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Religious freedom in Turkey and the role of religion in European politics

Religious freedom in Turkey and the role of religion in European politics

15/11/10
Ινστιτούτο Δημοκρατίας

Wilfried Martens

President of the European People’s Party and the Centre for European Studies, and former Prime Minister of Belgium
Νew Europe

For us Christian Democrats and many like-minded parties on the European Centre Right, the Christian concept of Man has been the point of departure in developing political ideas for one and a half centuries. This Christian concept says that each person is unique and irreplaceable, that people are both free and interdependent and that each man and woman have both the right and the duty to be fully responsible of their acts. Based on this, we have defined our fundamental values such as freedom, responsibility, equality, justice and solidarity. And based on this, we have worked out ideas like subsidiarity and a strong and integrated European Union. But we would never consider the Bible a political document, or doubt the necessity of structurally separating the state and religious communities.

Having said that, we recognize the positive contribution that faith-based concepts can make to wise and humane policy-making in other parts of the world. Turkey is such a case. We recognize the enormous progress Turkey has made on the way to EU membership since the European Council decision of 2000 to grant this country the status of candidate. Especially in the first years of the rule of Turkey’s Justice and Development Party (AKP), this progress referred not only to improved economic stability and enhanced economic growth rates. It also concerned the rule of law and the situation of ethnic and religious minorities. We believe that this  progress is due to the fact that the AKP, which has observer status in the European People’s Party, has managed rather well to draw positive inspiration from faith for the development of political ideas, without compromising the secular character of the Turkish state.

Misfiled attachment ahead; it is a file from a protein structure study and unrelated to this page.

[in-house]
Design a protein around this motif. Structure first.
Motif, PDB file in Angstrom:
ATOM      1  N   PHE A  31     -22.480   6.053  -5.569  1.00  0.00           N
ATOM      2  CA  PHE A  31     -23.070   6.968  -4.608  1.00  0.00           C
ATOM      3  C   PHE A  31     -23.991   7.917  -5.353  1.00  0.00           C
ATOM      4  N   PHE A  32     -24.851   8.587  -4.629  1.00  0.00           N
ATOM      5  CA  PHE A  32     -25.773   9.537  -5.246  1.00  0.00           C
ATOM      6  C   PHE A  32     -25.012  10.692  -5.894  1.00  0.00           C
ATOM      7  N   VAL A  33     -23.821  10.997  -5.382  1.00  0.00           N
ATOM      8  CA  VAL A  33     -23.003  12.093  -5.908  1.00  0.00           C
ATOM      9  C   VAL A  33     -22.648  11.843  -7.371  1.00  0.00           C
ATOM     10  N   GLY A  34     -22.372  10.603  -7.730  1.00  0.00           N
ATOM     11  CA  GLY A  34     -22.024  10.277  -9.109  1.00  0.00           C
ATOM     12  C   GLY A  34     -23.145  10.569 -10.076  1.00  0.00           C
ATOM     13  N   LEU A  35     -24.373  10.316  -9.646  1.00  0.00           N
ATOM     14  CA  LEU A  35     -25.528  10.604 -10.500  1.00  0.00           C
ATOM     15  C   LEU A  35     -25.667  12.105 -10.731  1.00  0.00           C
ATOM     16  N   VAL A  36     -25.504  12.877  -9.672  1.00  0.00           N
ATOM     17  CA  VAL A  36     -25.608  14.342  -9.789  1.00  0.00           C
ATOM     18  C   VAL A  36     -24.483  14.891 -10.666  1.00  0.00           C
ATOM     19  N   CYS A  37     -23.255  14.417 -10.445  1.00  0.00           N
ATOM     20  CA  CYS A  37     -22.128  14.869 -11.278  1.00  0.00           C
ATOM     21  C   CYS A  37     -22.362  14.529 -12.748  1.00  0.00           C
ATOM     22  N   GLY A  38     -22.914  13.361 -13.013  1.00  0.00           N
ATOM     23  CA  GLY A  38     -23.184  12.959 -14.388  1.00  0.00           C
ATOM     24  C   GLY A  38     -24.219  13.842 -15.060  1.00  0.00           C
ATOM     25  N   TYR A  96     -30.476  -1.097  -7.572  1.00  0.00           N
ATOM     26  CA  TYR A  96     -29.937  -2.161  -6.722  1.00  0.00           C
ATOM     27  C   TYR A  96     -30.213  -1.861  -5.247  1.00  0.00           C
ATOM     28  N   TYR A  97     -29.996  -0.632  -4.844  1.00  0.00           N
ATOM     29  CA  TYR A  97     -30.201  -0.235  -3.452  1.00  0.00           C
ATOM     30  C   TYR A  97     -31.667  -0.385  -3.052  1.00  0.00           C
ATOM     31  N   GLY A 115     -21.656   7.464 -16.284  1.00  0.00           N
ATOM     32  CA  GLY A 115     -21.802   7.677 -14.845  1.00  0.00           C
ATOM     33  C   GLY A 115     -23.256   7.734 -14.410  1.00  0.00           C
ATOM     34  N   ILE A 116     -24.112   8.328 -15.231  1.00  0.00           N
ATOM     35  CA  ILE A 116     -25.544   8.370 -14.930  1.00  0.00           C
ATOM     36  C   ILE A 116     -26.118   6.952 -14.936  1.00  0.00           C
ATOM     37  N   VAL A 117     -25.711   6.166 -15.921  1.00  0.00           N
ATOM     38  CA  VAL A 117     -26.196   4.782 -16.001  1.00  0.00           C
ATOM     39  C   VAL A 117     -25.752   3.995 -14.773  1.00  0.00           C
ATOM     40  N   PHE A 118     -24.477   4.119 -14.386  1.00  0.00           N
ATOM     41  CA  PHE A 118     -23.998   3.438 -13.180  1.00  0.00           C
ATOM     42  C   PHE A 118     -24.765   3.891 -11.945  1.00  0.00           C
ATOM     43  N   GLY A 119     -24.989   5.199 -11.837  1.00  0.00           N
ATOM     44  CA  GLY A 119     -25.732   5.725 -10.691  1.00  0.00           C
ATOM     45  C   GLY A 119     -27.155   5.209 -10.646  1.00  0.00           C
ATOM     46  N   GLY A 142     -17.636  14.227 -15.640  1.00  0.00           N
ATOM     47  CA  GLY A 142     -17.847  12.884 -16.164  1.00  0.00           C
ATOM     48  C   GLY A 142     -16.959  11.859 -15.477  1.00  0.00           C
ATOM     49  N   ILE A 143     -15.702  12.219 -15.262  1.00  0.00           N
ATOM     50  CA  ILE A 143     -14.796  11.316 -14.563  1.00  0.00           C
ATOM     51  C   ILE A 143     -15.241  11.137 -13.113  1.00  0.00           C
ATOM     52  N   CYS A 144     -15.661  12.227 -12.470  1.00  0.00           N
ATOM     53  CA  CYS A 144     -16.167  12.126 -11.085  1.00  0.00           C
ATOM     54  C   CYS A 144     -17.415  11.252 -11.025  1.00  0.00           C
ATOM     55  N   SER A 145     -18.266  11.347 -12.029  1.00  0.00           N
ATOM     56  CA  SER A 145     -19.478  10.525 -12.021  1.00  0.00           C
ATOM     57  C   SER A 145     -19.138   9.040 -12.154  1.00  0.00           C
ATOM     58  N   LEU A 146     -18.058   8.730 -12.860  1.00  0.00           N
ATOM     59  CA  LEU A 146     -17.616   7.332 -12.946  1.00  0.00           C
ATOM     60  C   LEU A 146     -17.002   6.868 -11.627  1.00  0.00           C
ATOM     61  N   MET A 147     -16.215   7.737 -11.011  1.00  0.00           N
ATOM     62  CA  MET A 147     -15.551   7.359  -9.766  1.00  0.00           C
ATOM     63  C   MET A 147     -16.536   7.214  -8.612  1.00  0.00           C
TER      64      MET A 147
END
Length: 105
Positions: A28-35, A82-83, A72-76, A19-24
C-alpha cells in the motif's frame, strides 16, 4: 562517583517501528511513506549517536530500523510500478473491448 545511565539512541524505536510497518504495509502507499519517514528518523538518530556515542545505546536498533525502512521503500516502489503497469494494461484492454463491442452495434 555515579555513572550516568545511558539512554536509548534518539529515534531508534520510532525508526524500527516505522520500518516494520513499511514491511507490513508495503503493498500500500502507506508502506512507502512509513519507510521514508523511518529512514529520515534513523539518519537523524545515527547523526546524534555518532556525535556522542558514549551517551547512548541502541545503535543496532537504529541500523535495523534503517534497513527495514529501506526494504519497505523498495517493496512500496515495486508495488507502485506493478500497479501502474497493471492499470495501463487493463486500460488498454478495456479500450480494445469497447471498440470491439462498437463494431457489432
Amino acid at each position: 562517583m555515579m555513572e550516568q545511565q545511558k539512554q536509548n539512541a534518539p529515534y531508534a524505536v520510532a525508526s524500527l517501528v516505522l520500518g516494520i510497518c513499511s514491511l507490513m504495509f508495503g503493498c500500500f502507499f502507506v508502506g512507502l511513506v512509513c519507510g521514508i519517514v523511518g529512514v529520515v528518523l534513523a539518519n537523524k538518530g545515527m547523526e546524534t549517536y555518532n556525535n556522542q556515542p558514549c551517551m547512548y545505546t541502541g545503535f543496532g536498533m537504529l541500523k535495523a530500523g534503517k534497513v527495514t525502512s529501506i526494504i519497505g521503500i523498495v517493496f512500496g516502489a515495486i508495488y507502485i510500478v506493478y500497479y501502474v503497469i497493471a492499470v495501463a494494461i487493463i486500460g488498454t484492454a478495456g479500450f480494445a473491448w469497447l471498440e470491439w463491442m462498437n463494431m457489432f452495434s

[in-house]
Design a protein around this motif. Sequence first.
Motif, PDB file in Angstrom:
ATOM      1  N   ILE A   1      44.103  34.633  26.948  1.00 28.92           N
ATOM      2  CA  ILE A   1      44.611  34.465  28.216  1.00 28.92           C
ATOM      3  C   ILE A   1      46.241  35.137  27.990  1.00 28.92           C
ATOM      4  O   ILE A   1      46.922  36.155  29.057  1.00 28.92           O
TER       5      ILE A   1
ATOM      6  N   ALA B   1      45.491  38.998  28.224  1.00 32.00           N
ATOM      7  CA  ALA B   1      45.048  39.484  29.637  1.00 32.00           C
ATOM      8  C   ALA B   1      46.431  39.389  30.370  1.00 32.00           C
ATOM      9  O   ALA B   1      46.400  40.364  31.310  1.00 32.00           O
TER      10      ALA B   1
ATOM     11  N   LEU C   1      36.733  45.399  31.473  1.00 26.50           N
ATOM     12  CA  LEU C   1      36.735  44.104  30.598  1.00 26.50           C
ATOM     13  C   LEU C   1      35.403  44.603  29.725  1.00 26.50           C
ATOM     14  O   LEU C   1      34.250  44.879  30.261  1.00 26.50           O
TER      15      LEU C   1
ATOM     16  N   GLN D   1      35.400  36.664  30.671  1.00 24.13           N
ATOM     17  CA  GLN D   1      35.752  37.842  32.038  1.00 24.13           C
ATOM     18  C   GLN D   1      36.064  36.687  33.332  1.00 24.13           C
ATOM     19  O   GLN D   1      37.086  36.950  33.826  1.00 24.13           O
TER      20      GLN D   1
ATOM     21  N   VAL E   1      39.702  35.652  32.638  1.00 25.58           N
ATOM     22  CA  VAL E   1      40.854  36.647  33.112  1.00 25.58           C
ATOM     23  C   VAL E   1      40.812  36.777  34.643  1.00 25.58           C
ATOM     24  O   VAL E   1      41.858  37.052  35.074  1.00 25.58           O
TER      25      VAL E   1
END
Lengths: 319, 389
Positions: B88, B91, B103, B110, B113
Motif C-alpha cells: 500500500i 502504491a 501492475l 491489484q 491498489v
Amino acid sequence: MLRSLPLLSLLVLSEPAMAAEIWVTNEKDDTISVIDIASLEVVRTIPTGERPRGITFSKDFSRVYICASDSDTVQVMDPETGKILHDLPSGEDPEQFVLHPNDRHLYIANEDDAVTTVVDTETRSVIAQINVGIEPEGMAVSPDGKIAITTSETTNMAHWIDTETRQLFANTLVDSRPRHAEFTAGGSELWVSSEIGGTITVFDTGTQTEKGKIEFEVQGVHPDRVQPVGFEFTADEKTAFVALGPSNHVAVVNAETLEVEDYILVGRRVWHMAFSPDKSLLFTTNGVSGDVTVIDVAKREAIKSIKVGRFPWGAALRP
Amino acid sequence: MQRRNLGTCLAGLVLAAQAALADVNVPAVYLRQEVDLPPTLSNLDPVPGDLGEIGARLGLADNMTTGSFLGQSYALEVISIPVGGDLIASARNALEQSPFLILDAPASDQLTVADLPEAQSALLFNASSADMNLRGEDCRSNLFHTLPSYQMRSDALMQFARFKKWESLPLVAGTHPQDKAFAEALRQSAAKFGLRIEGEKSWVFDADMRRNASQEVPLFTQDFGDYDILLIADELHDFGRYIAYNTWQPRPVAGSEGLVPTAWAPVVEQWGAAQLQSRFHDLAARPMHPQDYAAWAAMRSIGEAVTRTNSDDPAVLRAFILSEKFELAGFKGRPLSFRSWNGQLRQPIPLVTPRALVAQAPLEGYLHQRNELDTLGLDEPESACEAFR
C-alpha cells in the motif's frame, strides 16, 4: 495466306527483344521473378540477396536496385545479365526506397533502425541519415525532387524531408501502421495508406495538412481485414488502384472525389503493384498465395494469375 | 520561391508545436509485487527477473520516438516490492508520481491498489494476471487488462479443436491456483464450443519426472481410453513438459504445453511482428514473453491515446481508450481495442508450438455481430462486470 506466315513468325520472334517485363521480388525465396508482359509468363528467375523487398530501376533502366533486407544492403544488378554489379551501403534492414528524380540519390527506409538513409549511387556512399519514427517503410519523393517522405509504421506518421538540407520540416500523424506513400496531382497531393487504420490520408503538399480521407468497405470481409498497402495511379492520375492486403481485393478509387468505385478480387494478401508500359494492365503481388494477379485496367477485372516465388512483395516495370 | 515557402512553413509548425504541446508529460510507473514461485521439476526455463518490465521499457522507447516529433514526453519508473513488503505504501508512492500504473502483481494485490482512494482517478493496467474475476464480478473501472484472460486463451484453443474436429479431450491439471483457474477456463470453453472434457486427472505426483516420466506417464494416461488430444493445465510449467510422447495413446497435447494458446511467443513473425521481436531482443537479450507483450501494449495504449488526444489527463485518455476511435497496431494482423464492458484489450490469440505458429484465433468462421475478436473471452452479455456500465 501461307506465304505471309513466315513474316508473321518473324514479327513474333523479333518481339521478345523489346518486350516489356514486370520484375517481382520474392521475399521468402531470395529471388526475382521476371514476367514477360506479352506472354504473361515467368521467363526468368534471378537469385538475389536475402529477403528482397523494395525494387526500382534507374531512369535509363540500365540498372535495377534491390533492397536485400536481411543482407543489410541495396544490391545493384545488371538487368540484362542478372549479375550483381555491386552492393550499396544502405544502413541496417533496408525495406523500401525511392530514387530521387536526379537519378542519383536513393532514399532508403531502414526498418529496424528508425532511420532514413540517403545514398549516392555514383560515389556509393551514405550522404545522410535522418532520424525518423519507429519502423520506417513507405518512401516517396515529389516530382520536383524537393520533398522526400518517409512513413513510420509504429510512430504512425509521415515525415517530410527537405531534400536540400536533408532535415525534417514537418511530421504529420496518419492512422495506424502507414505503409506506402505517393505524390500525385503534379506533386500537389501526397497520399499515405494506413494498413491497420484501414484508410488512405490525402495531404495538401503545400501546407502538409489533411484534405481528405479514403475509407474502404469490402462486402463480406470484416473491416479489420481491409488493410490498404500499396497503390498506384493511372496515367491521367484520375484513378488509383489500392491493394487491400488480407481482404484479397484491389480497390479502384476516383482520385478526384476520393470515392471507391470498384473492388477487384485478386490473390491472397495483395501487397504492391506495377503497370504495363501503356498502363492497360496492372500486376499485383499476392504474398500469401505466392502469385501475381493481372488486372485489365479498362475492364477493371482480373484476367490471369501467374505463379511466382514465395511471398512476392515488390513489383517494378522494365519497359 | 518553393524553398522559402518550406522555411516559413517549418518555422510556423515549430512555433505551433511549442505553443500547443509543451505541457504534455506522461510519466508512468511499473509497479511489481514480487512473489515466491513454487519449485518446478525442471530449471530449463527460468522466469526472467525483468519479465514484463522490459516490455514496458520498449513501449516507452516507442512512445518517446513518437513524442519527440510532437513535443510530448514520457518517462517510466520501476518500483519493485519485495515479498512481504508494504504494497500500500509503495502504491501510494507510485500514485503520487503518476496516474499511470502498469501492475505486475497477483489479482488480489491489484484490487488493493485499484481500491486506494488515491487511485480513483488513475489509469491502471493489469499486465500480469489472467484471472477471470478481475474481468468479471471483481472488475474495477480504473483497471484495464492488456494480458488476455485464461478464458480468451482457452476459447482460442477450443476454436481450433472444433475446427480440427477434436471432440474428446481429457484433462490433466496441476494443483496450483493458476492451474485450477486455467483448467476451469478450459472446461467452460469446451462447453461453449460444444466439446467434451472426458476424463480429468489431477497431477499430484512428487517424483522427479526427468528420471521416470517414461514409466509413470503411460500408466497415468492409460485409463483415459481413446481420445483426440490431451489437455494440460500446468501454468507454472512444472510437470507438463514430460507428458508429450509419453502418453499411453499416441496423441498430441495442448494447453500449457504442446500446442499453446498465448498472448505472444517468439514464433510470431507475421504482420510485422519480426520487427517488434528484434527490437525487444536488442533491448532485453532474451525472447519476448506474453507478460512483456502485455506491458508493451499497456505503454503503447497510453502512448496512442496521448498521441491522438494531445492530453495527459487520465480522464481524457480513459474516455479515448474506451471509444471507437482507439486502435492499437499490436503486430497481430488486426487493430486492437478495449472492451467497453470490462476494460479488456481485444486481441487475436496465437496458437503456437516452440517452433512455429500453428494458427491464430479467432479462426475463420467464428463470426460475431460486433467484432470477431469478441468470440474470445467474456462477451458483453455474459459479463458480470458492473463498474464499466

But in recent years I have gained the impression that the dynamism for reform, and the eagerness to strengthen the rights of minorities, especially religious minorities, have somehow diminished. It is still far easier to build a Mosque in any current EU member state than to build a Church anywhere in Turkey. Turkey’s over 60.000 Christians, most of them Armenian Orthodox, still face considerable hardships. Despite some recent progress in the possibility of creating Christian foundations that may own land, it is still very difficult to open up theological learning centres or to train priests in seminaries. This unequal status is not limited to Christians and Jews but also concerns the Alevite denomination (with several million members) within Islam which has no official recognition at all.

On all these points, tangible progress is possible. And it is necessary, in fact, if the EU accession negotiations are to advance. Sure enough, the question of the equal status of Christians and other religious minorities may not be the most pressing obstacle for the moment – the issue of Northern Cyprus, for example, is probably much more urgent and also more difficult to solve. But religious tolerance is particularly important to us Christian Democrats of the European Union.

This article would be incomplete without looking at the European Union itself, and the question of religious tolerance vis-à-vis the growing number of immigrants from Muslim countries. There is an intense debate on such phenomena as burqas, political radicalisation in some mosques, forced marriages and other aspects of what has come to be called “parallel societies”: collectives in which the central values of our societies, such as equal rights for men and women, are systematically disregarded. It is true that in recent elections in Sweden and the Netherlands, extremist political parties have used xenophobic arguments and impermissible generalisations about Muslims in order to attract votes. This is regrettable but cannot easily or quickly be changed within our democracies. All democrats must patiently and determinedly reject such ideas. But they must also make an effort to take the fears of our citizens seriously.

Two things are clear to me: first, the vast majority of Muslims in the EU does not live in “parallel societies”, and has no desire to do so. Second, societal discrimination of Muslims exists, just like there is hardly a country on earth without any de facto discrimination. But what is crucial here is that our governments are seriously trying to do something about this. That they are entering into structured dialogues with mosque organisations and faith-based Muslim NGOs. That they are developing schemes on how to integrate imam training and Islamic theology into European academia. And that they are, at the same time, becoming more determined in prosecuting criminal behaviour such as forced marriages, or incitement to violence by some imams.

I am deeply convinced that religion is and remains an excellent inspiration for the values on which political programs are built – no matter whether we speak about the member parties of the EPP in the European Union, or about the AKP in Turkey. But this only works if all existing religions in a given society can thrive and develop in a spirit of tolerance and mutual respect. 

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